I can’t say I have ever loved the work of Jon Favreau. I watched and moderately enjoyed his early career. I am one of those people who was confounded by the adverse reaction to Made. I think it was one of the few times I laughed at Vince Vaughn. His cringy dumb guy who thinks he is smart schtick made me laugh. I never found his studio pictures like Elf, Zathura, or Iron Man very remarkable. It could undoubtedly be an age thing when it comes to those pictures. So when Chef originally came out, it zoomed past my radar with zero interest in watching it. The world would keep spinning. However, my brother and patron Matt chose this for his April pick, so I sat down and watched the thing.
Listen Up Philip (2014) Written & Directed by Alex Perry Ross
Filmmaker Alex Ross Perry continued his interesting development with this marked improvement from The Color Wheel. Noam Baumbach and Wes Anderson’s influences are even more apparent here; however, Perry does manage to keep his picture from feeling derivative. Thematically, he’s approaching John Cassavettes territory without the earnestness and more overtly toxic male figure. Ross walks a tightrope where he can’t make his main character so unlikeable we lose all sympathy for him, and he does this by letting the narrative shift to different character’s perspectives throughout the story. The result is a picture I enjoyed quite a bit, helped by having seasoned actors in the roles.
There was a period in the mid to late 2010s where horror anthologies had an enormous surge in popularity. They are reasonably cheap movies to film, directors are asked to work on small budgets, and many are already used to that expectation. The risk you run with anthologies of any kind is that tones and style will be so varied that it’s just simply not possible to make one of these films that appeal to everyone from start to finish. The ABCs of Death series was like a horror anthology in overdrive as it touted 26 shorts in one package, a film for each letter of the English alphabet. This means there will be films you love and ones you will outright hate; your mileage may vary. In this review, I will talk specifically about the shorts I enjoyed.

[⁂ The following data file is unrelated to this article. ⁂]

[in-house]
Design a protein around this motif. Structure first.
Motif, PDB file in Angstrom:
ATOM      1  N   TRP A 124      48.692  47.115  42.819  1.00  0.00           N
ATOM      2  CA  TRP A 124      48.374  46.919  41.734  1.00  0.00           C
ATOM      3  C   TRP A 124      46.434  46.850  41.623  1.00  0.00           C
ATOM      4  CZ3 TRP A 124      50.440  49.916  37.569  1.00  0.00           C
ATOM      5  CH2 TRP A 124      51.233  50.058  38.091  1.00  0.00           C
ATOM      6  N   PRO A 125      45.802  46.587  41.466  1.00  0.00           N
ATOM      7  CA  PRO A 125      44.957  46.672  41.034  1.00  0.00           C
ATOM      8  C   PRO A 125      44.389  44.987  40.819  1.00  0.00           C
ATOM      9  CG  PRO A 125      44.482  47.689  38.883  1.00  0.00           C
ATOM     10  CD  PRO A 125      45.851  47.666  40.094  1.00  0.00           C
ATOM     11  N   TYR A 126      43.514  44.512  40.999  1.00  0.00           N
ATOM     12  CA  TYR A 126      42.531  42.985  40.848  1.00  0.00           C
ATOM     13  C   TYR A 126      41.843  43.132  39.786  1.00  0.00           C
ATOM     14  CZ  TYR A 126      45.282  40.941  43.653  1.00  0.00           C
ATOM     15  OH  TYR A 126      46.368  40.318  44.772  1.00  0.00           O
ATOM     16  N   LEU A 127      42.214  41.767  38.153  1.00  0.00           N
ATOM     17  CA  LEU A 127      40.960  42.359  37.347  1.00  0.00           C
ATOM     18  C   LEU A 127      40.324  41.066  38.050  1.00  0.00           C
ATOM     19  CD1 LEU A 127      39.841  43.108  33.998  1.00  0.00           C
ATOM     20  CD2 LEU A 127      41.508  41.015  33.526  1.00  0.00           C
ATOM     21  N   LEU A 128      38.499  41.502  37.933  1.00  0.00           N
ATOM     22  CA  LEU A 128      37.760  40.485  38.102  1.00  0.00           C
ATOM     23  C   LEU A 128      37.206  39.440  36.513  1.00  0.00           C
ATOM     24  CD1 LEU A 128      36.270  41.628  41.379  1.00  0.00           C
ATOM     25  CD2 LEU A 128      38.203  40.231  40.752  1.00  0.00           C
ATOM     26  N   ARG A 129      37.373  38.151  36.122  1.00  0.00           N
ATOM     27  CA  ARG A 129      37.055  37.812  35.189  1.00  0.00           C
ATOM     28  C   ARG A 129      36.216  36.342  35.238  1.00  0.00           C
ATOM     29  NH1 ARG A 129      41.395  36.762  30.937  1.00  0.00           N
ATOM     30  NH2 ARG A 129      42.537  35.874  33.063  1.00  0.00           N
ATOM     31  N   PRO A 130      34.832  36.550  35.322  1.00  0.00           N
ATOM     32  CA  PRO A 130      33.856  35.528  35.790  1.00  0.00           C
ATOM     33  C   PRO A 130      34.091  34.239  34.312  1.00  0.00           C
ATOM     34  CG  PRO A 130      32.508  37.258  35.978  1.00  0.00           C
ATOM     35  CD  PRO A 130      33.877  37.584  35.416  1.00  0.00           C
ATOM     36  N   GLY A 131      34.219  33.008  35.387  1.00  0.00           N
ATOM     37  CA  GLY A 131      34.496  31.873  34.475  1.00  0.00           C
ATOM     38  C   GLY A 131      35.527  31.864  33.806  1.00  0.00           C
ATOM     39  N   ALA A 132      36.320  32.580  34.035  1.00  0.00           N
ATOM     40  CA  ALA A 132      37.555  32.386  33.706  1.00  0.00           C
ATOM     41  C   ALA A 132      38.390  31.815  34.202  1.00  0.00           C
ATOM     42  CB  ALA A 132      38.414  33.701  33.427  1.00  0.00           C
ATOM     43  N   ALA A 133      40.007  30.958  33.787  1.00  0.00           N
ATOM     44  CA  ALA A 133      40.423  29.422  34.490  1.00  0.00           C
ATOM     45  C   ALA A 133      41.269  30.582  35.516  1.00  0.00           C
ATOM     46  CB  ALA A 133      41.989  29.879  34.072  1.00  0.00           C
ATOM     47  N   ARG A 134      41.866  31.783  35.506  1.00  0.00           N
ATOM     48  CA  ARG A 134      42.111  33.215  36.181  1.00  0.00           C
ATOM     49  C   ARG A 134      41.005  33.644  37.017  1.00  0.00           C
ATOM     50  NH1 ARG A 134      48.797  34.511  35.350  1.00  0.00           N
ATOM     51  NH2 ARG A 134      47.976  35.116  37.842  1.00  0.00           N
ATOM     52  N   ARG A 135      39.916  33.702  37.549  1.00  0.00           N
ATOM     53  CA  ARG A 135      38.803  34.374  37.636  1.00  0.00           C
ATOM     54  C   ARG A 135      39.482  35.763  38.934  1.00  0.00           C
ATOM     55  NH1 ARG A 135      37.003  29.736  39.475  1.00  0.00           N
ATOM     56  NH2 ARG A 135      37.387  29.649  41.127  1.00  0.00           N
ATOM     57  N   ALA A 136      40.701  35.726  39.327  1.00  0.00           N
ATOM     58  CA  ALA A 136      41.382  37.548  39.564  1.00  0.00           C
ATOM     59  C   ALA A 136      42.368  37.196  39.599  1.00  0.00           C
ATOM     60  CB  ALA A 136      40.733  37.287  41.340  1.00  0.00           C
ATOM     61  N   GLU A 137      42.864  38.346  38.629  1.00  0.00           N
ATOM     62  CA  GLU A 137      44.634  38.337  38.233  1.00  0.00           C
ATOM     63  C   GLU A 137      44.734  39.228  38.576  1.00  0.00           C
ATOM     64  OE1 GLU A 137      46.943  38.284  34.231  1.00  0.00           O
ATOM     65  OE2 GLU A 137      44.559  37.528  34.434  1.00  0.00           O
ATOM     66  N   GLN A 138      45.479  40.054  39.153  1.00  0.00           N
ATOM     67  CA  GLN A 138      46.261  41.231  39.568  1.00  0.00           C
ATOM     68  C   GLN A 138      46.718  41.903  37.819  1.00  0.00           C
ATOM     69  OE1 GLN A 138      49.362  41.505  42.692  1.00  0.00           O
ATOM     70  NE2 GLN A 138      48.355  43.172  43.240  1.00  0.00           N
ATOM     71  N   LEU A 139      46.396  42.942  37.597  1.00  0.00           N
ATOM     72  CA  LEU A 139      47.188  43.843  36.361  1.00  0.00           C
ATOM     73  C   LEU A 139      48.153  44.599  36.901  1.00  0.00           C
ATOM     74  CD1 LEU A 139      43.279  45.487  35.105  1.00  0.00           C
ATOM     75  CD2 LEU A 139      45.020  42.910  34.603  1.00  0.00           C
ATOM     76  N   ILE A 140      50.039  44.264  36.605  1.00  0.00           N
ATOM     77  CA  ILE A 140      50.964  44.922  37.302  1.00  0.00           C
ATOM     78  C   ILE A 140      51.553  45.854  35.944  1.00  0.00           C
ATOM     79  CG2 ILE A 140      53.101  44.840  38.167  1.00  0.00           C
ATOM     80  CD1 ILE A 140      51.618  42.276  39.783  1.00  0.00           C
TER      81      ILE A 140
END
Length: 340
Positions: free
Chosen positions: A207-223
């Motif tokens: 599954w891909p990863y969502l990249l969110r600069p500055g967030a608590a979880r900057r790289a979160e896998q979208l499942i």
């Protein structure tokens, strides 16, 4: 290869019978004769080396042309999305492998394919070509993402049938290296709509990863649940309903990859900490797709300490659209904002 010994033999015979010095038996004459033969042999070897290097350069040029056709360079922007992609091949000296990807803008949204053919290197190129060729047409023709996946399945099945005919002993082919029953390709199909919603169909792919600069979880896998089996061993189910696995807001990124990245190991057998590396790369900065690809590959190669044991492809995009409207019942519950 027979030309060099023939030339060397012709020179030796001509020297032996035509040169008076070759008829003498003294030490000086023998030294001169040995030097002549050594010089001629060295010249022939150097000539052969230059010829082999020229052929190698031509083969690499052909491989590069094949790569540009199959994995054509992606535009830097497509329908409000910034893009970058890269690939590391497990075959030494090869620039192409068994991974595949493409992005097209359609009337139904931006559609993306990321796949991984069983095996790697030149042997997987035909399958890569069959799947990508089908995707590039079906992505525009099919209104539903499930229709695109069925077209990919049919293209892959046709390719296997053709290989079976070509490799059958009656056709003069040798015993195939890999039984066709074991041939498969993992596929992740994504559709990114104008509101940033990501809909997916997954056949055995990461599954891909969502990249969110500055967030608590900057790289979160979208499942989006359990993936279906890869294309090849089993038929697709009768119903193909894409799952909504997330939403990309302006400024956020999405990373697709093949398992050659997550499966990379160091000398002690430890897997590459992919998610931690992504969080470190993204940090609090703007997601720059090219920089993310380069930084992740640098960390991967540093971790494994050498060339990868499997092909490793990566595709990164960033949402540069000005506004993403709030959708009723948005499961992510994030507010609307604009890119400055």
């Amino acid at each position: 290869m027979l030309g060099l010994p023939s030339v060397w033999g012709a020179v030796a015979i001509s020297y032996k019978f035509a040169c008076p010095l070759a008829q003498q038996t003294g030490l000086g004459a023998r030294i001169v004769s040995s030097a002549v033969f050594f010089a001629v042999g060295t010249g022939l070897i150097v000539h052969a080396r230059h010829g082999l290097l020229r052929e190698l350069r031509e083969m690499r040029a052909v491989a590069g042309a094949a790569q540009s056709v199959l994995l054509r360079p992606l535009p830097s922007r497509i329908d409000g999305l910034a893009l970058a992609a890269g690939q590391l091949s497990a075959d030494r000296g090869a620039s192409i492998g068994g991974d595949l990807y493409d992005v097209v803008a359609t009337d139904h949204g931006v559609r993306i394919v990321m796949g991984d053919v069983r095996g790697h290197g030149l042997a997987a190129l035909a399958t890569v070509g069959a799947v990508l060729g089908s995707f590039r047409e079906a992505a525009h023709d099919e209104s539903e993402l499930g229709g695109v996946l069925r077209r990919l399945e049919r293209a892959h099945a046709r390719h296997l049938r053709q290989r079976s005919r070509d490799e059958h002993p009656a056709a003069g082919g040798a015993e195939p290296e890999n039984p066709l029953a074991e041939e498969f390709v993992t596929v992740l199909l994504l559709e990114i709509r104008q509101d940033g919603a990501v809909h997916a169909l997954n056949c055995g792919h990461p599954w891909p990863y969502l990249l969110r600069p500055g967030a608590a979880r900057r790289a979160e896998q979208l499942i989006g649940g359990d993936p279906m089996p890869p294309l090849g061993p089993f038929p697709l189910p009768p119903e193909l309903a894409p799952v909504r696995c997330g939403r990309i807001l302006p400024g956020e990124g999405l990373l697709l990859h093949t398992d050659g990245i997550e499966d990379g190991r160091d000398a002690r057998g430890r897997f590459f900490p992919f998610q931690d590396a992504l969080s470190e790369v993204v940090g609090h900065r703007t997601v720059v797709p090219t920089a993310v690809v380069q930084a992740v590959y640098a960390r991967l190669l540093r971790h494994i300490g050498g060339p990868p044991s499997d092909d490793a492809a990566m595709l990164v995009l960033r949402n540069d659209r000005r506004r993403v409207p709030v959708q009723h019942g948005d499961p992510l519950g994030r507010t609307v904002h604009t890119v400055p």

Space Station 76 (2014) Written by Jack Plotnick, Jennifer Elise Cox, Sam Pancake, Kali Rocha, and Mike Stoyanov Directed by Jack Plotnick
Space Station 76 is as much about its aesthetic as it is any plot or character arcs. Now, that can be an incredibly frustrating thing if you aren’t into the aesthetic. I completely understand if someone was turned off by this film because they just don’t care for the look and tone. I thought many parts of the movie were a little too self-indulgent and leaned into some weak improv. Overall, I think it is an interesting little oddity, clearly made by people who have a vision of what they wanted to do, and they did it.
Cooties (2014) Written by Ian Brennan, Leigh Whannell, and Josh C. Waller Directed by Jonathan Milott and Cary Murnion
Genre movies can have problems. When a filmmaker loves a genre so much, and they make a film under that umbrella, they often become derivative without bringing anything new to the table. No kind of film is guilty of this more, in my opinion than zombie movies. American zombie movies look to Night of the Living Dead and now in the 21st century, 28 Days Later, and just mimic what they see there. Each film has some sort of unique hook but inevitably breaks down into predictable pablum that we’ve seen playing out dozens of times before. Cooties starts with promise but does down that same disappointing path.
Please, Kill Mr. Kinski (1999) Written & Directed by David Schmoeller
In 1986, director David Schmoeller worked with notorious actor Klaus Kinski on the set of his film Crawlspace. As expected, Kinski was a nightmare to direct and continuously tried to find ways to throw a wrench in the production. It became especially terrible when Kinksi learned that Schmoeller went to the producers to get the actor thrown off the picture. This is a short essay film, a docu-comedy, sort of like a story Kevin Smith tells in his live shows. I haven’t seen Herzog’s My Best Fiend yet, but I suspect it covers the same territory with more depth.